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We Need a Statewide Program

Learn more about why Washington needs a statewide drug take-back program. All families and communities need access to safe drug disposal.

Medicine take-back programs are the only safe way to dispose of leftover and expired medicines

Unused, leftover drugs in our homes are endangering our children and putting our families at risk of accidental poisonings and drug abuse. And these drugs are getting into our waterways and environment when they’re flushed or thrown away. About one-third of medicines sold to Washington households – about 33 million containers of pills - go unused every year.1  That’s a big problem.                                                    

med take back mapTo meet the tremendous community need for safe drug disposal and until a statewide program is in place, some law enforcement offices, local governments, and pharmacies in Washington have started their own temporary programs - they're temporary because police, sheriffs, and pharmacies are struggling to find funds to keep them working. Right now there are take-back programs in 17 of Washington's 39 counties.  Click here to view full size map          

The results are amazing    

  • Over 89,000 pounds of drugs have been collected at 43 pharmacies in 6 counties and safely disposed in just a few years with little advertising. 
  • Police and sheriff's offices in one county collected 1,000 pounds of medicines in the program's first nine months. 
  • Another county collected almost 200 pounds in a single month at several sheriff's office locations.
  • Learn more about the amounts of drugs collected in Washington State.

In most other cities and counties, police and local governments can’t afford to start a program. We need drug take-back in all of Washington’s 39 counties, not just a few. A state-wide ongoing drug take-back program would be far more efficient and cost-effective.  Right now each city or county has to develop a separate system.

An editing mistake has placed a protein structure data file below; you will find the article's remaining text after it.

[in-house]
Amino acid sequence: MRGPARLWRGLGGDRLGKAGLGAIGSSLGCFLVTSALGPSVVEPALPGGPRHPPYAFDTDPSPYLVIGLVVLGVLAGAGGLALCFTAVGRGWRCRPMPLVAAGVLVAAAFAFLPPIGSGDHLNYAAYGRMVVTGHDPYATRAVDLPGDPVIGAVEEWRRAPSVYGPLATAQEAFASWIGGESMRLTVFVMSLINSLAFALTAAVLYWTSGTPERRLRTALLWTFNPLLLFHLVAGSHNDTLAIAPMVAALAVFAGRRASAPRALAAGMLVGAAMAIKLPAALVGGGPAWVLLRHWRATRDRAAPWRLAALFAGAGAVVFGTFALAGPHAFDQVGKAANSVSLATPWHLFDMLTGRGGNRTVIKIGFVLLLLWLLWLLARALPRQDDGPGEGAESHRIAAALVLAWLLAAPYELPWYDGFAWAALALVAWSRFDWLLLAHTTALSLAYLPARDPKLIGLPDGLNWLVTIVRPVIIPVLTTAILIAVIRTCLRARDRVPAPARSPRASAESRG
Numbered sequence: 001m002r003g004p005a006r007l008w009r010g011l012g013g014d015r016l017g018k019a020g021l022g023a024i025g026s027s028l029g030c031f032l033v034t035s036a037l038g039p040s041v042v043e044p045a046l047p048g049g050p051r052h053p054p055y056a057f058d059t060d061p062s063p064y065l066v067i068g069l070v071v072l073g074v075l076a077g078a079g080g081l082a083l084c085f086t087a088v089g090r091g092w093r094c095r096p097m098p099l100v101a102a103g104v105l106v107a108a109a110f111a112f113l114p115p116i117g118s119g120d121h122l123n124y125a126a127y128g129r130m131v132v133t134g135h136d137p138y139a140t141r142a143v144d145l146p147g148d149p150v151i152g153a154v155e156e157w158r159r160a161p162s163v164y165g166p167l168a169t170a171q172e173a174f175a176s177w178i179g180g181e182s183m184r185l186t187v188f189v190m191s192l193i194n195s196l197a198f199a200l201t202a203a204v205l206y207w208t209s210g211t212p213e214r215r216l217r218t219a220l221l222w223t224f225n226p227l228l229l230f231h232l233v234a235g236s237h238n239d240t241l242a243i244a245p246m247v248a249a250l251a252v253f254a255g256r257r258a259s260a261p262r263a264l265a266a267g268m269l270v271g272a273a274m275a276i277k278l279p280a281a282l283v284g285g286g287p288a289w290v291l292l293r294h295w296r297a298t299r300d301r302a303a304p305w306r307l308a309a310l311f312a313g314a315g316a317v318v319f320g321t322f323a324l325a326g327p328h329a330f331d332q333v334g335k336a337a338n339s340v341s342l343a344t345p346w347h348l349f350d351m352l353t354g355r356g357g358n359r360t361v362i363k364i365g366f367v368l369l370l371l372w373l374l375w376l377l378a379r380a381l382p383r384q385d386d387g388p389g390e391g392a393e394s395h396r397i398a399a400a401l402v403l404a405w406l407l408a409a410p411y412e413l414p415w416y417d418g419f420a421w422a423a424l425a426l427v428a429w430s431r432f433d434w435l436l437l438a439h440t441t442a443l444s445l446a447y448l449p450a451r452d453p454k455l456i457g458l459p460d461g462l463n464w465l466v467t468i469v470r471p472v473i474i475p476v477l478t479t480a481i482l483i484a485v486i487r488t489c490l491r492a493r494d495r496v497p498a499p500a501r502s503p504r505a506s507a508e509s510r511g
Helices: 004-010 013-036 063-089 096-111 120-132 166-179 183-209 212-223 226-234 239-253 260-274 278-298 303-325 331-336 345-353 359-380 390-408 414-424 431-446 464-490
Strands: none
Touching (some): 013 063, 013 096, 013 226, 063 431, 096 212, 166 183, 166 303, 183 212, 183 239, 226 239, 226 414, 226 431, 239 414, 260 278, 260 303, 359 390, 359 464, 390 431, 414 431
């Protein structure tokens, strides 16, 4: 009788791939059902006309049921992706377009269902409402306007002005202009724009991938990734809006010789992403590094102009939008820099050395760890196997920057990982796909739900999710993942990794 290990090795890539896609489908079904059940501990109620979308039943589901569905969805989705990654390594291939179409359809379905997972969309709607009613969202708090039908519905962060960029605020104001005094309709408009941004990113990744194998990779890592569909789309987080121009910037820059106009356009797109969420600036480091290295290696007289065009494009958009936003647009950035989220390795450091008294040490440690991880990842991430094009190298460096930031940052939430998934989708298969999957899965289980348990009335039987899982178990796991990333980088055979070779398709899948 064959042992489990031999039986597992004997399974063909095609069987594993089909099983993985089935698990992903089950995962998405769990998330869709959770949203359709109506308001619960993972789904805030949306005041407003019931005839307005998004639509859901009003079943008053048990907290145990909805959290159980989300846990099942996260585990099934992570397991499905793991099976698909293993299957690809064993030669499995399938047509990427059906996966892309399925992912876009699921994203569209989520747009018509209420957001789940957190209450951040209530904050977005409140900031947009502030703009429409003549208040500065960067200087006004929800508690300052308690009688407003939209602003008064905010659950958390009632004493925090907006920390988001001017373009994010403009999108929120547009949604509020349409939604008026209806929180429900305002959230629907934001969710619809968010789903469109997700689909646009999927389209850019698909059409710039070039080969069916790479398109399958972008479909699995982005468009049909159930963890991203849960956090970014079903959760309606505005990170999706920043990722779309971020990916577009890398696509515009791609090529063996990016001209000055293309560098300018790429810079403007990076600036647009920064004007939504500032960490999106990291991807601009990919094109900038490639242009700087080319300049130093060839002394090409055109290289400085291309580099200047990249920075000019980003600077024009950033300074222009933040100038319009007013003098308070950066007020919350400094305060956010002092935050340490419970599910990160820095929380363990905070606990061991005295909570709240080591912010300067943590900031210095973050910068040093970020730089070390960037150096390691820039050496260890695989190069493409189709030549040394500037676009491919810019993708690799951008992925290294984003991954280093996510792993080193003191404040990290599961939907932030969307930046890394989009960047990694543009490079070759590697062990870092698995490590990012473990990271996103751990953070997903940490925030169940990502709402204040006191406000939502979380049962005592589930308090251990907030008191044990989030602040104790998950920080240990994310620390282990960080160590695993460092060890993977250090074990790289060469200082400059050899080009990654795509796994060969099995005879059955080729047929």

Every family in Washington deserves a safe way to dispose of their unwanted medicines. We need a statewide system for the safe return and disposal of all leftover prescription and over-the-counter medicines.     


 Who Can Make It Happen?

1 Estimates for unused containers of medicines in Washington state for 2009 were compiled from: Bush, P.J., Sanz, E.J. & Garcia, M. (1996).  Section II: Cross cultural reports. Medicines at Home:  the Contents of Medicines Cabinets in Eight Countries.  In Children, Medicines, and Culture.  New York, Pharmaceutical Products Press; Kaiser Family Foundation, State Health Facts. (2009). Total Number of Retail Prescription Drugs Filled at Pharmacies. Available online at:; Consumer Healthcare Products Association. (2009). Over-the-counter Retail Sales. Available online at:; Note: Mail-order prescription sales and over-the-counter drugs sales from Wal-Mart were omitted from this calculation due to the lack of available industry data.

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